The concern about squatting deeply is that the rise in compressive forces as you descend lower and lower could damage the cartilage. Fortunately, studies show that stress on the patellofemoral joints doesn’t increase with deep squats. Yet, force on the tibiofemoral joints does increase when you descend past parallel. However, studies show that the knee joint is perfectly capable of handling these forces. In fact, elite male weightlifters that frequently squat deep and do so at a high velocity have a very low rate of knee injury.
Actually, the greatest shear force on the back of the knees is at around 30 degrees into a squat descent. When you compare squats to knee extensions, knee extension, being an open-chain exercise, places more shearing force on the knees than does a deep squat. Once you descend beyond 90 degrees the shear forces actually decrease as compressive forces predominate. Yet, healthy knees seem capable of handling the compressive forces placed on your knee joints when you do a deep squat.
The key to getting it right and not injuring yourself is to use less resistance until you’ve perfected your form and also slow the speed of your reps. When you do squats rapidly, especially with resistance, it increases both the compressive and shearing forces on the knees relative to when you do them at a slower tempo. Your body composition can also make it harder or easier to do a deep squat. It’s more challenging for people with long legs and a short torso to do a deep squat.
The stance you use when squatting also impacts the stress on your knees. If you place your feet close together in a narrow stance squat, it increases shearing forces on the knees. So, widening your stance helps protect the ligaments in your knees by reducing shearing. Wide stance squats also activate the glute muscles more.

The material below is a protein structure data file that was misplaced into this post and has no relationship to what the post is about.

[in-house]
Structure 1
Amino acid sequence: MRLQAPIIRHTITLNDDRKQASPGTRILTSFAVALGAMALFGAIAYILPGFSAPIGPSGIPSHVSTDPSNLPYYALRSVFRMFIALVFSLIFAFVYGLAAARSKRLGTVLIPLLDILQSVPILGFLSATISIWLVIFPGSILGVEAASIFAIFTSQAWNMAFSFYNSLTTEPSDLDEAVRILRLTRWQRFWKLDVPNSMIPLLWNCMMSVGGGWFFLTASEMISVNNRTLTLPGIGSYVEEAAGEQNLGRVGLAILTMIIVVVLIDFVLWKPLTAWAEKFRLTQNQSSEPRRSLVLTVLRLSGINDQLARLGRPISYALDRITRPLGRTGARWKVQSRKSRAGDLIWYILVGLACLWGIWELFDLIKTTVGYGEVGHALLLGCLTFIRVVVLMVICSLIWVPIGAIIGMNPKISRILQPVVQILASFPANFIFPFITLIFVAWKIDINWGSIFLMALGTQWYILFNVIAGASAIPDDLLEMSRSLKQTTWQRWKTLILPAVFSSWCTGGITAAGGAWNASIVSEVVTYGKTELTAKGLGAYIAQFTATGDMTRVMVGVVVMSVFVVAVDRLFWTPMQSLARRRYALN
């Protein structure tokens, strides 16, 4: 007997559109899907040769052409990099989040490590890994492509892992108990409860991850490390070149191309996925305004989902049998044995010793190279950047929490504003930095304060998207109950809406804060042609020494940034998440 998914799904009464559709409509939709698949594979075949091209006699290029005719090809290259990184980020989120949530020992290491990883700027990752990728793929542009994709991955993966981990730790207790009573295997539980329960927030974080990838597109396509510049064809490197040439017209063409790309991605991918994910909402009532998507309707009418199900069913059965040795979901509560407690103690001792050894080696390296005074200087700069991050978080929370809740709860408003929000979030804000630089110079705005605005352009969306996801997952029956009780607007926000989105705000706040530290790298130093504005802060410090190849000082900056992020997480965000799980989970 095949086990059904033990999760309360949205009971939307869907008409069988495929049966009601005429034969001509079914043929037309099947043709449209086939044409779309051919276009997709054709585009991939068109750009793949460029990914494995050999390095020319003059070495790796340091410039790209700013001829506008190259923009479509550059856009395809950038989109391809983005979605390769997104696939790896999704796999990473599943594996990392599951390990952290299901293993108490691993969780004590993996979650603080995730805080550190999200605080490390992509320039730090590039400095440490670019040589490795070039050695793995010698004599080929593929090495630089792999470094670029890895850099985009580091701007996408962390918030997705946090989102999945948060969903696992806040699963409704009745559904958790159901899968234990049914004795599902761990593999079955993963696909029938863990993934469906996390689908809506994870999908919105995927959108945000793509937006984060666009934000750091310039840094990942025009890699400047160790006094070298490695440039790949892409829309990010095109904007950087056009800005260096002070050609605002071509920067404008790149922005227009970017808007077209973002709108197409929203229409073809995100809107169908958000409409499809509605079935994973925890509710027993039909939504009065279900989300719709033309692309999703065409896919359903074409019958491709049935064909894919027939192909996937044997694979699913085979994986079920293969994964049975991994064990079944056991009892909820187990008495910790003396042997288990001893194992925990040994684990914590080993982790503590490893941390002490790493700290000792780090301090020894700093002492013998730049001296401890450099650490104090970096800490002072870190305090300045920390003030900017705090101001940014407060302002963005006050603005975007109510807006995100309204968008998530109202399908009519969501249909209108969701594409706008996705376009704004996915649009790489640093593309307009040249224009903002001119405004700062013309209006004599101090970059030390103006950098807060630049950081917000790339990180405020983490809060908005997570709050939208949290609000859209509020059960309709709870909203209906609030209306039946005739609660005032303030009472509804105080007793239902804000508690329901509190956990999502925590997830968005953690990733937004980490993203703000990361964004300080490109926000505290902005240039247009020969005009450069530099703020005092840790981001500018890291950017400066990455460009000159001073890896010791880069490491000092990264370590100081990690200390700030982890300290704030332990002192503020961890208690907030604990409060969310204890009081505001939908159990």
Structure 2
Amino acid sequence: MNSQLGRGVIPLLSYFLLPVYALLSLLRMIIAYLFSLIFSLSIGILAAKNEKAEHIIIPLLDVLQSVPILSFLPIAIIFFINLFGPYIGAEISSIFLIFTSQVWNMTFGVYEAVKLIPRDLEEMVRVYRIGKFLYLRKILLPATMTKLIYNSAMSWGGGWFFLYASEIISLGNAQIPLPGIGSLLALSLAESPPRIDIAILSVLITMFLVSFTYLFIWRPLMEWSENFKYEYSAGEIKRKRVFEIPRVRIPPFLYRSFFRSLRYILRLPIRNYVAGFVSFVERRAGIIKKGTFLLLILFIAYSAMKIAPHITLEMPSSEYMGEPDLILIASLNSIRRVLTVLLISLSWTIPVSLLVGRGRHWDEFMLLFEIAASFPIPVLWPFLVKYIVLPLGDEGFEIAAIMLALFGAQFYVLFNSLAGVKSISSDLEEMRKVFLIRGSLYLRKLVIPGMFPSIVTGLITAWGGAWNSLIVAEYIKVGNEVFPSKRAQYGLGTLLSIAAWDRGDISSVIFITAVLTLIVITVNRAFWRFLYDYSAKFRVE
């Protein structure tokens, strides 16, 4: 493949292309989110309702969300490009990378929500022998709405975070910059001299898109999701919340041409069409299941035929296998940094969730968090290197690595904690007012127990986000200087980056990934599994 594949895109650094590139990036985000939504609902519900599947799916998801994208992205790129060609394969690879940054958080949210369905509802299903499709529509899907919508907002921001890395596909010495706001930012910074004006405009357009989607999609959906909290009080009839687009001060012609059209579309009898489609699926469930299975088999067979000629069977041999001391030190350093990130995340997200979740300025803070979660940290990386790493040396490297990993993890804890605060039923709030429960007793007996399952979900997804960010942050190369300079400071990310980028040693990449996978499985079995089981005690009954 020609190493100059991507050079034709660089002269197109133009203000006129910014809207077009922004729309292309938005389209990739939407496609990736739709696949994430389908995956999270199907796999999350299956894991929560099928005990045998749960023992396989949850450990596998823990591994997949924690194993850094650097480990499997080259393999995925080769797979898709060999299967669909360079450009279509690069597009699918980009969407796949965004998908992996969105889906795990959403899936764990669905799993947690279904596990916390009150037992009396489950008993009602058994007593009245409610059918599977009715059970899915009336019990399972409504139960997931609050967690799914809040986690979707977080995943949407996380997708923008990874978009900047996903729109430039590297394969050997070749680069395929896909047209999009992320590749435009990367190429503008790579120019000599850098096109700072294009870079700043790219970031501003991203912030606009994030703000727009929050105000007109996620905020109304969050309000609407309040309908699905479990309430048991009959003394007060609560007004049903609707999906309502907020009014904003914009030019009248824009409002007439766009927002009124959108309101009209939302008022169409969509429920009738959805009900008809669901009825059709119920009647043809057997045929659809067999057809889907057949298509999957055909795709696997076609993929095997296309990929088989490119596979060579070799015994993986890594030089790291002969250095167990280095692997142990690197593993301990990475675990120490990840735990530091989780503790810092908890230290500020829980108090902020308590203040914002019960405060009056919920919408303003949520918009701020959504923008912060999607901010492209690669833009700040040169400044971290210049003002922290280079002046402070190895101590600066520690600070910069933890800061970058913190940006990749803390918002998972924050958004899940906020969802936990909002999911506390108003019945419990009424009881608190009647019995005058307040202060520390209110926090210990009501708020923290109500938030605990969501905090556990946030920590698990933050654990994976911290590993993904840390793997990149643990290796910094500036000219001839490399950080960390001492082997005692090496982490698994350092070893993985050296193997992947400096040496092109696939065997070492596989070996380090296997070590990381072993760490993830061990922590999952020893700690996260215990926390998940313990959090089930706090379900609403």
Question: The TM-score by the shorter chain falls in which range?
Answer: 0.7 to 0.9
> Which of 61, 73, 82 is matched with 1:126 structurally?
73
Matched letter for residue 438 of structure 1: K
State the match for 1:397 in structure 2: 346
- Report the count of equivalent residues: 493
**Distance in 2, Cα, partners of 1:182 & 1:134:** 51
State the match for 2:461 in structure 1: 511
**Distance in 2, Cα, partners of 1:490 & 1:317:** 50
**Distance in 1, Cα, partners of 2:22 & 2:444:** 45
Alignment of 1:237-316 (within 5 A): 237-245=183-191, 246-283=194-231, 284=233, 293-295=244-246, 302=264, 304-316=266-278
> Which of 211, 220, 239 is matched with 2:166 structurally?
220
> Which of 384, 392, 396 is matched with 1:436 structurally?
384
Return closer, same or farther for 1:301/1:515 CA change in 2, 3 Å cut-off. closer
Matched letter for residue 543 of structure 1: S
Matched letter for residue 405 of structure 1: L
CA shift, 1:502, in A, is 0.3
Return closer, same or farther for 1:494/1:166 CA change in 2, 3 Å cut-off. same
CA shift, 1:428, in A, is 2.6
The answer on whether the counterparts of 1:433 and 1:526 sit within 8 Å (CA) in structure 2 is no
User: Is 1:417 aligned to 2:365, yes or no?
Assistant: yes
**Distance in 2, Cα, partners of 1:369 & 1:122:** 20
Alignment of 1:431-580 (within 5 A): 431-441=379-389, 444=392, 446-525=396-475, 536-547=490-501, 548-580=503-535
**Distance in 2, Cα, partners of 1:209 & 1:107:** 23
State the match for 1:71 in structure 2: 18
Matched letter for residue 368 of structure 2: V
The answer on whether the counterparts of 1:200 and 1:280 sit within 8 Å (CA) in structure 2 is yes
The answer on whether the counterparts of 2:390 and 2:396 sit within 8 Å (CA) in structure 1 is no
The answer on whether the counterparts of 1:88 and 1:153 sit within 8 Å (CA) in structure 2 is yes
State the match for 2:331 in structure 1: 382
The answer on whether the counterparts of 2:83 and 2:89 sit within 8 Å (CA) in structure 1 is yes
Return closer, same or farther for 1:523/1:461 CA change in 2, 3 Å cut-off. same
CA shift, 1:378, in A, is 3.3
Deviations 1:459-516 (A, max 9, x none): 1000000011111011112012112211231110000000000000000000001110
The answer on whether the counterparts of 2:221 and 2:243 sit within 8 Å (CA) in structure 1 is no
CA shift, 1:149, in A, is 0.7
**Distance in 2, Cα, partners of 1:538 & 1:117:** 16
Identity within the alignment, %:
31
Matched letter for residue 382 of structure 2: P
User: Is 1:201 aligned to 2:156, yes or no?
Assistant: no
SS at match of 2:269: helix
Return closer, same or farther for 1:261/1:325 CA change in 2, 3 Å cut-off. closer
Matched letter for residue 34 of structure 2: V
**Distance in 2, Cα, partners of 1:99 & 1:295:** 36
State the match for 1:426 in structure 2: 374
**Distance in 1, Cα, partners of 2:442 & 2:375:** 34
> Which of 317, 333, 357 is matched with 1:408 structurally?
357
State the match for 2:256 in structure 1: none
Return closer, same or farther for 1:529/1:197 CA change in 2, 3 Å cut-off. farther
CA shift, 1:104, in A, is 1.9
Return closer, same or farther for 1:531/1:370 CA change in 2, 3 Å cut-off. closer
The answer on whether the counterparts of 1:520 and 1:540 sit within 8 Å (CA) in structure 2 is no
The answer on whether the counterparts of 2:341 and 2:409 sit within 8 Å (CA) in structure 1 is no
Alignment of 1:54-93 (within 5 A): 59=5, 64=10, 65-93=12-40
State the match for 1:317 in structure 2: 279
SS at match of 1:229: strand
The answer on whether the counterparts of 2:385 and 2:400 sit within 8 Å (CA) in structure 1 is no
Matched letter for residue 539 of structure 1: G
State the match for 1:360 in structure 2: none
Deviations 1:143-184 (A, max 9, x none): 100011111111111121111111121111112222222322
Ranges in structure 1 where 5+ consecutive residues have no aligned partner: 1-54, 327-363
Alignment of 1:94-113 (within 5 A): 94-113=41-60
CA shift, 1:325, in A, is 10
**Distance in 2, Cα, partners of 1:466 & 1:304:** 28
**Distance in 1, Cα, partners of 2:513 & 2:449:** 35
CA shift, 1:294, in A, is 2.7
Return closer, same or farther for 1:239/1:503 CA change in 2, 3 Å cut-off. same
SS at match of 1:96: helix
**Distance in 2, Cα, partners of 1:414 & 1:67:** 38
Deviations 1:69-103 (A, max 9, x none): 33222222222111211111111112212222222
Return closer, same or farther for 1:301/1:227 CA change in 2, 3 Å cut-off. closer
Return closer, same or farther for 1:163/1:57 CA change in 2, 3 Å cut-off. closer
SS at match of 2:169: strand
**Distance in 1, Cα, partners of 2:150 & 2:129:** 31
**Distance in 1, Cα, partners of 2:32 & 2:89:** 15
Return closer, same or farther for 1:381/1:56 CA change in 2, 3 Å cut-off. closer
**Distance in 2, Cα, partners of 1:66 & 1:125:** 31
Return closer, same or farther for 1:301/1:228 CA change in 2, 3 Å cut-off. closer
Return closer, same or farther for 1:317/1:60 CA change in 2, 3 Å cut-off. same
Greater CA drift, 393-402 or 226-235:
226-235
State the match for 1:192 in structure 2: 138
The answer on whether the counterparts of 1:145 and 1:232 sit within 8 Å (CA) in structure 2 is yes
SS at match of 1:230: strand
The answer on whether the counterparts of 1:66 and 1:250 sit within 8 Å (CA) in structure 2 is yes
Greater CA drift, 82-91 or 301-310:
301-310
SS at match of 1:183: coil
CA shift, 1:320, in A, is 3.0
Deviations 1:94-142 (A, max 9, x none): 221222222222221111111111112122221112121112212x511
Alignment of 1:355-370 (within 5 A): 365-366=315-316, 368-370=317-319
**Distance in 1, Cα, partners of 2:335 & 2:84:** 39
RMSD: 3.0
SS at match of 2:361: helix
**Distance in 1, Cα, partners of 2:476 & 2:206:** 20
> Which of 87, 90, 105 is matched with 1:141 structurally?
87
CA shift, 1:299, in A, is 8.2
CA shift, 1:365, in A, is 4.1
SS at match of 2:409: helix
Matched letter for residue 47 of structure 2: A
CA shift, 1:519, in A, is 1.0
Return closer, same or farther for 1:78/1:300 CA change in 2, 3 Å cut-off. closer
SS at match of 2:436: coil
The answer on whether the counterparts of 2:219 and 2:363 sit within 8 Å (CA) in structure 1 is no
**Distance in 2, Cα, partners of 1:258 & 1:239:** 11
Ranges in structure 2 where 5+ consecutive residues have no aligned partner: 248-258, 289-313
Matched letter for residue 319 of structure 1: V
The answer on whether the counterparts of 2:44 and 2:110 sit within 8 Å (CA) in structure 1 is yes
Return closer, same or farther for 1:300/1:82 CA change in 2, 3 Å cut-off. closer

Should You Do Deep Squats?
As many experts point out, deep squats, assuming you do them with good form, may actually protect your knees against future injury. Most studies show that squatting below 90 degrees isn’t harmful as long as your knees are healthy. What’s more, studies demonstrate that deeper squats (to 120 degrees) are more effective for building lower body strength. As mentioned, deep squats, especially using a wide stance, also activate your glute muscles more. If you have healthy knees, going below parallel is safe if you use good form. Practice your form on deep squats using no resistance and a slow rep speed before adding resistance.
If you’ve had a knee injury or have arthritis involving the knees, talk to your physician before doing deep squats – but if your knees are healthy, give it a try.
T Nation. “Do You Need to Squat Deeply?”
ExRx. “Squat Analysis”
Deep Squats and Knee Health: A Scientific Review. Tony Ciccone, Kyle Davis, Dr. Jimmy Bagley, & Dr. Andy Galphin. Center for Sport Performance, California State University, Fullerton.
Rayner & Smale Physiotherapy Blog. “Variations in Squat Technique”